The butterfly effect


Long ago (18 years or so), Big Man and I used to cruise around the countryside of Mankato, MN in his navy blue Ford Ranger. We didn’t have a lot of money so we often went for rides just to check things out. One thing we discovered on these jaunts were lawn and house ornaments, most of which I hated. The most horrifying and objectional to me were monarch butterflies in pastel colors artistically arranged along the side of someone’s house. They appeared 40 times the size of a real butterfly and reeked of plain bad taste. This promted the phrase TBA–tacky butterfly alert, a phrase we still use today. Coming in a close second was a wooden cut-out of a woman who appeared to be bending over with her bloomers cheerfully peeking out at anyone who passed by all the while keeping a sunny bonnet firmly perched atop her head. I didn’t get that then and will admit to still being in the dark about it today.

What I realize now that my judgey-judgerson, snot-nosed college self did not, is who can account for taste? Advertisers spend billions to promote what they deem as ideal or good taste, but beauty and the perception of really is so personal.

But I finally hit upon what my real problem is with lawn ornaments yesterday. While driving home through the countryside of western Wisconsin, we spied a regal, life-sized 12 point buck made of iron mounted on a large steel oval in the middle of a yard that was at least a half-acre in size. Mowing around that beast must be a nightmare.

“Committment,” I muttered.

“What?” asked Big Man.

“I do not have the abilitiy to commit.”

Ahh….for years I have wondered about my gripe with lawn ornaments. Those gazing balls that birds like to pummel into make my teeth start to grind. The butterflies, wooden women, miniature windmills painted John Deere green, and on it goes. Holiday ornaments are temporary–we have a few of those, but if they come out seems to depend on the weather at Thanksgiving. The only certain decorations come at Halloween and even those are losing steam.

My grandmother once had a plaster replica of an African American boy she called her “Little Black Sambo”. The little guy was fishing and he looked like something that was straight out of Mark Twain novel–with less political overtones. Say what you will and think what you know to be true, but grandma was committed to that lawn ornamanent. Mr. Sambo lived in her yard for as long as she was on the farm and it moved to town with her until one day, she woke up and it was gone. Grandma was devastated…and furious. She took it upon herself to place this add: Please return Little Black Sambo to 101 Walnut Street. I will not press charges. Thank you.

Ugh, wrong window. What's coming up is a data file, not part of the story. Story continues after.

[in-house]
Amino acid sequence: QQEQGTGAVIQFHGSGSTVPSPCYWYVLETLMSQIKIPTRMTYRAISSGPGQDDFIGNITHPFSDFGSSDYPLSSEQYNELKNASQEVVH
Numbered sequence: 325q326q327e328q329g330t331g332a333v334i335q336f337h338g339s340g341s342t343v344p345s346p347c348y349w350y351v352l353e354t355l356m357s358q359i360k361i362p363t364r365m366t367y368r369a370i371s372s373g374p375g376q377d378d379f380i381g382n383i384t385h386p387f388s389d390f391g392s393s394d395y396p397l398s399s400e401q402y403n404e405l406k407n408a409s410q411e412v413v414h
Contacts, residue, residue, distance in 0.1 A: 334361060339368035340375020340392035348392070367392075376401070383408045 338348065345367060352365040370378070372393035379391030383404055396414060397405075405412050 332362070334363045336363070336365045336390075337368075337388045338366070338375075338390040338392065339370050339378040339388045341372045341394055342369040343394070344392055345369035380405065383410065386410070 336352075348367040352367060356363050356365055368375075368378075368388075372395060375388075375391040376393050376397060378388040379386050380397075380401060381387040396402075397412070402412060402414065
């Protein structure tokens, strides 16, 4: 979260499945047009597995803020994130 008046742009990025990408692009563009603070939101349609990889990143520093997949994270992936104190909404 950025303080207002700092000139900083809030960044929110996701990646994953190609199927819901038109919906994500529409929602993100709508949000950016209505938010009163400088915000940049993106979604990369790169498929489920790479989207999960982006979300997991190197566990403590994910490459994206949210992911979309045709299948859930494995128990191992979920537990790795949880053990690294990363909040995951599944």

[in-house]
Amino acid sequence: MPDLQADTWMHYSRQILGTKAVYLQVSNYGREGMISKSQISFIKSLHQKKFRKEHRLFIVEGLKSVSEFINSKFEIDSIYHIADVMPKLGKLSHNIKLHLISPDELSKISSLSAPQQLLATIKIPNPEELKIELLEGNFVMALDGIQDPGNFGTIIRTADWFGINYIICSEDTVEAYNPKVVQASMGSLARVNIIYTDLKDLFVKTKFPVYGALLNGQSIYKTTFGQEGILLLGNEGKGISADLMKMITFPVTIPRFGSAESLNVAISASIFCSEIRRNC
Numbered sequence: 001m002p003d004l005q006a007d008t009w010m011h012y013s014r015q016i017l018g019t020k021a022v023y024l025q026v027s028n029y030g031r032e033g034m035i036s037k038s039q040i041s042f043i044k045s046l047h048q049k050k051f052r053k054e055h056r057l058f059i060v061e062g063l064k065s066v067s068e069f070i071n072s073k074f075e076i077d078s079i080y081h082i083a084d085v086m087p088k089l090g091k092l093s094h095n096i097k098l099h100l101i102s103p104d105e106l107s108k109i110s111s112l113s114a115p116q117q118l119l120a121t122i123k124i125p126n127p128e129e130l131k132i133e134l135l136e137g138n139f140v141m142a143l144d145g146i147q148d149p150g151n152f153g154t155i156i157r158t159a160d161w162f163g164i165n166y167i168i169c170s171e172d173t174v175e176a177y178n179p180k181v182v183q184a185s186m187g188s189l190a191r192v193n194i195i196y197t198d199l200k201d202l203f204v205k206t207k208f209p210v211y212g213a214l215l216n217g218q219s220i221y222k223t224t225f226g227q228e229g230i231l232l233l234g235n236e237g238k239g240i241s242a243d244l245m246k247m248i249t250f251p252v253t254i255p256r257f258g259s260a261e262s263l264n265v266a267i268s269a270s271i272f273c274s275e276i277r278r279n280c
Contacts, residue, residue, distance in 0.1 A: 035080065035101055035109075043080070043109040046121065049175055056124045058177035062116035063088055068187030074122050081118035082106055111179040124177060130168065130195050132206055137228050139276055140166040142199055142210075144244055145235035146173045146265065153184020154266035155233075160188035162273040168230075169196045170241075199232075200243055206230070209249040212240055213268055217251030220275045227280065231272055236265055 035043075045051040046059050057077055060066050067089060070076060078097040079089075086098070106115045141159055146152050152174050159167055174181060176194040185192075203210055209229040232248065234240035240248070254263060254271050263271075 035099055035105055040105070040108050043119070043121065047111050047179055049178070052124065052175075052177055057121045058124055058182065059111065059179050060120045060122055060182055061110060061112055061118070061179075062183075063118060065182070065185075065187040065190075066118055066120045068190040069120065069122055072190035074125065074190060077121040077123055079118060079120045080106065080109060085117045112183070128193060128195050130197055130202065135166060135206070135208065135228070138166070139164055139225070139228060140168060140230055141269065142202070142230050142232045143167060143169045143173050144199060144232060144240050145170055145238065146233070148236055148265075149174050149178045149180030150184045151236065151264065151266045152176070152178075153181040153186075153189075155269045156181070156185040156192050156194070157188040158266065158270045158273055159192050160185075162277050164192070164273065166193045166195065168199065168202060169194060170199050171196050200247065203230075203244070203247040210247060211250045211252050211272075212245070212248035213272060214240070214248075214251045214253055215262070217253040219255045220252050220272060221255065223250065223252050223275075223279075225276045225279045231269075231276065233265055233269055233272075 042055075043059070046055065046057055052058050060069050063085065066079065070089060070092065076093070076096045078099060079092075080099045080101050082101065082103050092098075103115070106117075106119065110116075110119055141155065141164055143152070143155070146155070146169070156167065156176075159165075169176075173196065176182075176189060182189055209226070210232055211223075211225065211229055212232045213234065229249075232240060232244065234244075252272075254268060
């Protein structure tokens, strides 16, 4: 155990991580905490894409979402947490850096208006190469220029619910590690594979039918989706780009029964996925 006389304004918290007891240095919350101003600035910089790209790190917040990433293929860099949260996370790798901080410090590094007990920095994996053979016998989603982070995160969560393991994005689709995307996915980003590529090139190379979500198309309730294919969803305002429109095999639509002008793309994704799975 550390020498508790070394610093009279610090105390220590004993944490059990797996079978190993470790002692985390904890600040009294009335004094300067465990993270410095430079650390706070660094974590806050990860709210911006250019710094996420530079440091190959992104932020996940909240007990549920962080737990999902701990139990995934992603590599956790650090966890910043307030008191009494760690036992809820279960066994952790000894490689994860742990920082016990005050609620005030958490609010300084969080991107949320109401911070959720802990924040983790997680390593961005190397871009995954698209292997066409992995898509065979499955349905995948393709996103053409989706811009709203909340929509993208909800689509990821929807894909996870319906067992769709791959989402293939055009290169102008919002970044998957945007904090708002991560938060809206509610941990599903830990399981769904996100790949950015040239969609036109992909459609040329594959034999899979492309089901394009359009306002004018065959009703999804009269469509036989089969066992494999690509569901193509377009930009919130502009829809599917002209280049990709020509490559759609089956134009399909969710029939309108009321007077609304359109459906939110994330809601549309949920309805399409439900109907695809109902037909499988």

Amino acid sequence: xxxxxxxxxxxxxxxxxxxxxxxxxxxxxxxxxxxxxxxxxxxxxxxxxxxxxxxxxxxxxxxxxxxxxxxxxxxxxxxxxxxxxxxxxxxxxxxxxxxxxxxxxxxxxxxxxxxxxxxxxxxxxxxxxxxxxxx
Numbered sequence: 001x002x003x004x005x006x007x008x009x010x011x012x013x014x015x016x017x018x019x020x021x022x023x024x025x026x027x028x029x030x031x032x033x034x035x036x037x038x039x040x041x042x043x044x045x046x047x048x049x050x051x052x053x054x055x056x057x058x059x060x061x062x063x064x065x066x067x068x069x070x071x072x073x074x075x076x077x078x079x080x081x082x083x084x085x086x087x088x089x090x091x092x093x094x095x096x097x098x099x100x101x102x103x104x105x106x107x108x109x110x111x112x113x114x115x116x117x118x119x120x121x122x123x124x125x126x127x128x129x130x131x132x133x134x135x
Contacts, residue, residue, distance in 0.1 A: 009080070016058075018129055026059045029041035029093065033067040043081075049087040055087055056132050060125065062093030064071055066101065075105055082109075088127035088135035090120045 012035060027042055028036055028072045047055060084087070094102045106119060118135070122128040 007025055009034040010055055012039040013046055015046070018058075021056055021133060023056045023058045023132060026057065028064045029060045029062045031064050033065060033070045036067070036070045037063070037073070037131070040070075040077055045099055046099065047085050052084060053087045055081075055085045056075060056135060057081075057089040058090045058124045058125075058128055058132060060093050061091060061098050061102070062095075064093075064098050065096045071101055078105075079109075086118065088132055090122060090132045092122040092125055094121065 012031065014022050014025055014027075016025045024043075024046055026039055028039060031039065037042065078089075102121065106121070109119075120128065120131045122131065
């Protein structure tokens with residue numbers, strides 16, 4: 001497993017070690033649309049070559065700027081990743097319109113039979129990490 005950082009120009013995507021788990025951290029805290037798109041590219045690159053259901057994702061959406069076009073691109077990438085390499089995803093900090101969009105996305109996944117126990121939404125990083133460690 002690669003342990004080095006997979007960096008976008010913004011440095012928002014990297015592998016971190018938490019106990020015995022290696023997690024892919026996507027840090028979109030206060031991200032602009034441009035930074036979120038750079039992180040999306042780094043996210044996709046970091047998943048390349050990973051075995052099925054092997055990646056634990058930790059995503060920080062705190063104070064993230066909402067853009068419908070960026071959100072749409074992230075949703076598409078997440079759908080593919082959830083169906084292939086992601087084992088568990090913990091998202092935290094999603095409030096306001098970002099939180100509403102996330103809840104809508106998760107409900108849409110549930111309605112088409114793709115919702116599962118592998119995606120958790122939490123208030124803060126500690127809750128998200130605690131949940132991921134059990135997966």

He was never returned and years later, she would recall him whenever we were touring her yard looking at her plants. Again, we would hear the sad tale of Little Black Sambo MIA and she would conclude with a wistful sigh,”People can be so mean.”

Ah, yes. People like me making judgements on those who dare to clearly state their tastes and commit to them. Grandma was not interested in hearing about civil rights and what poor taste her lawn ornament suggested about her– she just wanted her little guy back.

So…it’s committment that is my problem. I have successfully committed to my husband, 6 gallons of red paint, and 2 kids. The committment to the kids seems dicey. I have tried to post them as “free” on ebay in a less-than-stellar parenting moment and it did not work. Everything else just fails me. I buy cheap stuff because I am afraid of changing my mind. I give evasive answers because I don’t want to be locked in. I avoid lawn ornaments because I don’t want snap, unjust judgements to be made about my tastes, or lack thereof. Or maybe I just don’t know if this is the home to make such bold statements. Perhaps I still have one foot out the door even though we’ve been here for 9 years and there is nothing new on the horizon.

Who knows? And it doesn’t really matter to anyone but me. But now that I know what my problem is, I can now gaze upon gargantuan butterflies with newfound respect. “Look at me! I have a home!” they will whisper as I drive by. “Someone loves me enough to hang me here for all the world to see!”

I will stifle a shudder all the while knowing it is me who lacks the ability to take on such a committment. But, there are certain things a person must learn to live with…and without.